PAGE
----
How often do you give people the benefit of the doubt?
You might believe there are people or groups of people in your life who ‘don’t deserve it’. We make assumptions. Our brains naturally want to sort and classify all the other humans and we choose to believe generalizations and that allow us to see how we differ on a superficial level.
You might have people in your life where you have assumed you know ‘where they are coming from’ based on past actions or words. Your brain likes to create rules about the other humans, even if those rules are based on our interpretation of their behavior. Offering the benefit of the doubt to those people would mean having to re-think our rules and your brain has an innate resistance to the extra credit work.
Consider the person who cuts you off in traffic or who is driving too slow in the left lane. You assume he is an asshole and that he has no respect. Or that he is too self-centered to care about anyone else.
What are the life skills you practice when no one is watching?
A strange question perhaps, but we all know that if you want to get better at something, you need to practice, right?
Look at the basketball players that shoot 500 free throws each day or the hours a baseball player might spend in a batting cage.
But what if you wanted to get better at general life skills. Skills like the ability to respond as opposed to react.
Let’s pretend you deal with anger as a regular emotion. Let’s also assume you would like to learn how to not get triggered. You could force yourself to spend time with someone who pisses you off and see how long you last without exploding… but I wouldn’t suggest it.
So how do you do it?
One way I practice is through meditation. Stay with me….
I have meditated daily for over 7 years, but my goals have never been about reaching nirvana. Or being able to sit for hours at a time.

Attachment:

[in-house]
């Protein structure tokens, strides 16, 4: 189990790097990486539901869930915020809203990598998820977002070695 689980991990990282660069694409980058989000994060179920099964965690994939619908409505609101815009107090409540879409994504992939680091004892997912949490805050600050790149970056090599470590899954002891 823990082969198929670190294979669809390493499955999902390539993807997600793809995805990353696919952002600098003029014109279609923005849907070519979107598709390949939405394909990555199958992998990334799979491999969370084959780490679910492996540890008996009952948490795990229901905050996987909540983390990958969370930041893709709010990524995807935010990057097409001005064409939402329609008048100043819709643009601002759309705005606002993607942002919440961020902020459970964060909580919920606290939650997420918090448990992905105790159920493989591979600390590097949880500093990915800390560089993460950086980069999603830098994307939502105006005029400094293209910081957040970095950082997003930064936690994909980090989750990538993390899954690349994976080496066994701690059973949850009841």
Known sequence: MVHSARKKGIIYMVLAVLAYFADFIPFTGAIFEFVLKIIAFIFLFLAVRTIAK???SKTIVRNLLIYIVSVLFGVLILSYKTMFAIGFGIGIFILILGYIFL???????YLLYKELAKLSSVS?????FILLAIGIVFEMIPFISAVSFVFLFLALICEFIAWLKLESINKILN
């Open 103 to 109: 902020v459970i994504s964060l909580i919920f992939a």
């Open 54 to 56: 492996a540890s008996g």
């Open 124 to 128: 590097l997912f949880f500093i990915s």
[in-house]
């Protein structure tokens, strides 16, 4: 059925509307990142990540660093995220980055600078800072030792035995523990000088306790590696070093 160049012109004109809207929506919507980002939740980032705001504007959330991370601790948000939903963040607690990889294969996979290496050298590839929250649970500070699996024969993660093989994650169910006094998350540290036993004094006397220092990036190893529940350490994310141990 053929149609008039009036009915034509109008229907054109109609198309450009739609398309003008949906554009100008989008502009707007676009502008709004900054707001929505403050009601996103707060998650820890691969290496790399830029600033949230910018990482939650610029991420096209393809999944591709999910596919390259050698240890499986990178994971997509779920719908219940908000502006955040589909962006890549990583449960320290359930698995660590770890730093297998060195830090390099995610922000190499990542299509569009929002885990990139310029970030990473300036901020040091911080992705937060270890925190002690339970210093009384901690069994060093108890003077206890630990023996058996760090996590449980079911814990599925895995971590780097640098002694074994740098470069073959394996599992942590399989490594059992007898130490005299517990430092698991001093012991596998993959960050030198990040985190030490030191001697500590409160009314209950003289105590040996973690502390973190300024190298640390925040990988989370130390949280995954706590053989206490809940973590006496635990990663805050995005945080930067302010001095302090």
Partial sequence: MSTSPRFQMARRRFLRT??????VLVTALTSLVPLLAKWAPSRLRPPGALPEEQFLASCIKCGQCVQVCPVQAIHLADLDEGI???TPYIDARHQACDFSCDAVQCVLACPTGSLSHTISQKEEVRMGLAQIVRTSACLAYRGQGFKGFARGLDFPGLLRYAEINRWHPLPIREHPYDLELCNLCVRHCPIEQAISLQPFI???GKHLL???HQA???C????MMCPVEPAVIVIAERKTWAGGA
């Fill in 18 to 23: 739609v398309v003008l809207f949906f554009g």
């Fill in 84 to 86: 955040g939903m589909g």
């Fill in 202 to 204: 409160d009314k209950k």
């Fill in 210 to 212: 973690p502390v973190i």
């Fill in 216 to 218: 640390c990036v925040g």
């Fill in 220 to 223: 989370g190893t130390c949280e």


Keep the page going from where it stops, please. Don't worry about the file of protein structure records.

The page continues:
What would your life be like if you actually did all the things you ‘planned on’ or ‘wanted’ to do?
Perhaps you have lofty thoughts like, “Someday I would like to clean out the garage” or “I’ve always wanted to get more proficient with Excel” or “I know I would feel better I could just stretch more”.
Or more pressing things like, “I keep forgetting to make an appointment with my doctor” or “the check engine light has been on in my car for weeks now” or “I have a presentation at work next month and I have nothing prepped yet”.
And we think – maybe this weekend I will find time to do (fill in the blank). Except the weekend comes and goes, and (as per usual) your closet still looks the same.
It’s not that we are lazy. So often it is because other things come up that feel as though you should do them right away. They feel urgent in the moment and since you don’t really have anything else specifically planned for that time, you dive in.
My husband and I have recently dealt with some issues in one of our businesses. There were some personal conflicts within the partnership and our value in the resolution of the problem, was to act as Switzerland.
Whether you are helping to mediate a situation between other people or whether you are attempting to mediate your own actions, stepping forward with strategy and intention is always wise.
Just for the heck of it, I have compiled a list of 6 things I think are extremely effect for when conflict exists.
1. Strive to have the lowest heart-rate in the room. It isn’t always easy, but it will always help you to see things with more clarity.
2. Listen carefully to what is being said. Be curious instead of judgemental. Seek to discover not only what a person is saying, but also how they are saying it. The trick is to listen without allowing your brain to go to what YOU want to say in response.
How do you experience joy?
Joy, at first glance, seems to be a lot like happy. But there are many differences.
We are told that happiness is something we need to chase, where joy appears to be a state of being. Merriam Webster tells us that joy is an expression of happiness, but I would argue against that being the only way to experience joy.
If you compare the words technically, joy can be used as both a noun and a verb, whereas happy is an adjective. (so there lol)
And why am I going down this rabbit hole?